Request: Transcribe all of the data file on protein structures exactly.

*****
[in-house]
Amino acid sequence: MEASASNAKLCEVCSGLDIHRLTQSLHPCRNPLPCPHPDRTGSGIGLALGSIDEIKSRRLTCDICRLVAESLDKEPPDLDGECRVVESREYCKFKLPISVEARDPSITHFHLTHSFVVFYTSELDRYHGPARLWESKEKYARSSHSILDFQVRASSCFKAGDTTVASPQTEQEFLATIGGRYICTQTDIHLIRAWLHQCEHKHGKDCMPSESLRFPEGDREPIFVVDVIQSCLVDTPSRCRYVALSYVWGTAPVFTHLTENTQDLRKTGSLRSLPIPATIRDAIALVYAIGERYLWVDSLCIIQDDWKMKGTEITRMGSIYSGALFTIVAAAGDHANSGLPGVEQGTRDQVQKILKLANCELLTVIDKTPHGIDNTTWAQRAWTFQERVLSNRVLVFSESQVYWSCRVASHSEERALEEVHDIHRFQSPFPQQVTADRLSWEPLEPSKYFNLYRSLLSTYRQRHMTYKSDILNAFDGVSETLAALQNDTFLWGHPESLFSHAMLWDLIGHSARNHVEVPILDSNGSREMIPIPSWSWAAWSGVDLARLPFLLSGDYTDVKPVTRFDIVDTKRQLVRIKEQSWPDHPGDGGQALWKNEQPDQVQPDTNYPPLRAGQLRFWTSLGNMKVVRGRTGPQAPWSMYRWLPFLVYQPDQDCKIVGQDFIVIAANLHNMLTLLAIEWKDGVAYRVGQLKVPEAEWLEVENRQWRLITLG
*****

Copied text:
[in-house]
Amino acid sequence: MEASASNAKLCEVCSGLDIHRLTQSLHPCRNPLPCPHPDRTGSGIGLALGSIDEIKSRRLTCDICRLVAESLDKEPPDLDGECRVVESREYCKFKLPISVEARDPSITHFHLTHSFVVFYTSELDRYHGPARLWESKEKYARSSHSILDFQVRASSCFKAGDTTVASPQTEQEFLATIGGRYICTQTDIHLIRAWLHQCEHKHGKDCMPSESLRFPEGDREPIFVVDVIQSCLVDTPSRCRYVALSYVWGTAPVFTHLTENTQDLRKTGSLRSLPIPATIRDAIALVYAIGERYLWVDSLCIIQDDWKMKGTEITRMGSIYSGALFTIVAAAGDHANSGLPGVEQGTRDQVQKILKLANCELLTVIDKTPHGIDNTTWAQRAWTFQERVLSNRVLVFSESQVYWSCRVASHSEERALEEVHDIHRFQSPFPQQVTADRLSWEPLEPSKYFNLYRSLLSTYRQRHMTYKSDILNAFDGVSETLAALQNDTFLWGHPESLFSHAMLWDLIGHSARNHVEVPILDSNGSREMIPIPSWSWAAWSGVDLARLPFLLSGDYTDVKPVTRFDIVDTKRQLVRIKEQSWPDHPGDGGQALWKNEQPDQVQPDTNYPPLRAGQLRFWTSLGNMKVVRGRTGPQAPWSMYRWLPFLVYQPDQDCKIVGQDFIVIAANLHNMLTLLAIEWKDGVAYRVGQLKVPEAEWLEVENRQWRLITLG